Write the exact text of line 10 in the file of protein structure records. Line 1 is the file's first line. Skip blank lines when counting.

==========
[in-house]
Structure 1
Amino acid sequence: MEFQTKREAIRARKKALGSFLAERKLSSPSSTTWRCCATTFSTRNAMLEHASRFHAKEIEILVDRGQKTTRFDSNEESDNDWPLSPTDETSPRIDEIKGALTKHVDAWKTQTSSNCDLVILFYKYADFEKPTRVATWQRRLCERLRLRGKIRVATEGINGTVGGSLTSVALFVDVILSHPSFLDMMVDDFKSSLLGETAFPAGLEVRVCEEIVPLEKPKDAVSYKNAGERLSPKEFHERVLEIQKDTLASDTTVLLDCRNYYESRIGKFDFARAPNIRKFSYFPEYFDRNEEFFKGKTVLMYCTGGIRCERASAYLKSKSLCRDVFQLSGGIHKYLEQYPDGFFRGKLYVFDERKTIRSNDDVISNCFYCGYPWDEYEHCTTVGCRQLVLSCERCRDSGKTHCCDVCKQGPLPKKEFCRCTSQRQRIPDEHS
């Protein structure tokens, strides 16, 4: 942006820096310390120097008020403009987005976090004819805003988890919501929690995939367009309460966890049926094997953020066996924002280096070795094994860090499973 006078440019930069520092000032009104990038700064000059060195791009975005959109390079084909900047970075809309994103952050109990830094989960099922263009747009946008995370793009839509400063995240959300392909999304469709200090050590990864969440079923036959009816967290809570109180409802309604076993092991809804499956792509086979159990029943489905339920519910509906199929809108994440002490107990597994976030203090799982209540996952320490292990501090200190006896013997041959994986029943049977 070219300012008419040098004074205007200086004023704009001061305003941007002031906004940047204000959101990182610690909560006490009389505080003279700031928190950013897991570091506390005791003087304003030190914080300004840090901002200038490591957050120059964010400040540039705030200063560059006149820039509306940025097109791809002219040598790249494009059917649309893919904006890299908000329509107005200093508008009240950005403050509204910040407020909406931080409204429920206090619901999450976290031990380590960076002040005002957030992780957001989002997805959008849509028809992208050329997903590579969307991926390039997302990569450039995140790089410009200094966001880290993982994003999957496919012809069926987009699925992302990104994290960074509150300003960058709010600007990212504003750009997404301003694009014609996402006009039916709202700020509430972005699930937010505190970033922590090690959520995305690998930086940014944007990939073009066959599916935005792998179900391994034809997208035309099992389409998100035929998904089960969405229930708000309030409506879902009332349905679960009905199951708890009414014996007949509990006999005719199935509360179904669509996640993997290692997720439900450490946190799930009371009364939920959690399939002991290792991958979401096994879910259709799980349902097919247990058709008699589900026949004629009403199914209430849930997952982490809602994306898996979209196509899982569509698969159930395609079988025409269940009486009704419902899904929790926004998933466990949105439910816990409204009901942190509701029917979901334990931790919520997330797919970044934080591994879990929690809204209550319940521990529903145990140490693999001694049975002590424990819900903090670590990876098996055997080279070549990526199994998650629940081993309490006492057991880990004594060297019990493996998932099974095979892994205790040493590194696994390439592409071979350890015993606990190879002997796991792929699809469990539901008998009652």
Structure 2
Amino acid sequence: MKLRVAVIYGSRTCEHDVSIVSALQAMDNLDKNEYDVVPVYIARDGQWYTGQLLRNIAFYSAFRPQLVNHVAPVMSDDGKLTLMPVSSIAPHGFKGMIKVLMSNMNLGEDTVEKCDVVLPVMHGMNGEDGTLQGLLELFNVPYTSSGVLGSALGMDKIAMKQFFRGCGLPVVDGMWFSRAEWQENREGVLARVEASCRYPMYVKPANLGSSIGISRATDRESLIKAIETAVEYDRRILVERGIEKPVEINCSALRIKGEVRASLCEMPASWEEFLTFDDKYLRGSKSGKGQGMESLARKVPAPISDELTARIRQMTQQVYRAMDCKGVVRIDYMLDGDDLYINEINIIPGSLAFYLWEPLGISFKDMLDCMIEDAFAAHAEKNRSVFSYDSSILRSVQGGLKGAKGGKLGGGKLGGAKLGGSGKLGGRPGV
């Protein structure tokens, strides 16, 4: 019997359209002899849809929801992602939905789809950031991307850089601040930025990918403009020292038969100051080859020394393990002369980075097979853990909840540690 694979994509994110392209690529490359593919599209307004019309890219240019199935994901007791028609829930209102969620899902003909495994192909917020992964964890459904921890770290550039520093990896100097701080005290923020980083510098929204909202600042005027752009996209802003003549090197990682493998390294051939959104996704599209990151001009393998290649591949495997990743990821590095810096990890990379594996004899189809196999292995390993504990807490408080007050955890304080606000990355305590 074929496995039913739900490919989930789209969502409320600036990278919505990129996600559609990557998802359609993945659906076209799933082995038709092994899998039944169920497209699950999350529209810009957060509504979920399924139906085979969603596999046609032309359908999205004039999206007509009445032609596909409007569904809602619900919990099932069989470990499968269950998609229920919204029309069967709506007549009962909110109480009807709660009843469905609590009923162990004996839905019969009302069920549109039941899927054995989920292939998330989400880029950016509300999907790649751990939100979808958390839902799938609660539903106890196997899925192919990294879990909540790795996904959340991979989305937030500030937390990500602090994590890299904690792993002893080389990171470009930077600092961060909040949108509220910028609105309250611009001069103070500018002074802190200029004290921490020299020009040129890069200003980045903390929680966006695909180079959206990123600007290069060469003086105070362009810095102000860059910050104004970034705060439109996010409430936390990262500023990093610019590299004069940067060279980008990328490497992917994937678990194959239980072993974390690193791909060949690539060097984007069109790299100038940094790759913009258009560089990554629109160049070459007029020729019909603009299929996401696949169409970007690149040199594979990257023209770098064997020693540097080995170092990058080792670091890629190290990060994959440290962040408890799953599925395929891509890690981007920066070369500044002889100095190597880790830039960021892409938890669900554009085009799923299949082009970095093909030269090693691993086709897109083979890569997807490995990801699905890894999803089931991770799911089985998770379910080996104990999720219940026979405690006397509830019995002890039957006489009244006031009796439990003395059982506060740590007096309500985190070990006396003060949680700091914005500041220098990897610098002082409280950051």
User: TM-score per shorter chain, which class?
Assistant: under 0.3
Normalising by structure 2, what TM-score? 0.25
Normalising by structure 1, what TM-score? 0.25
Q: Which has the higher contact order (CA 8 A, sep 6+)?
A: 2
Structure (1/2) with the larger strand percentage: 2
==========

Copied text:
Normalising by structure 2, what TM-score? 0.25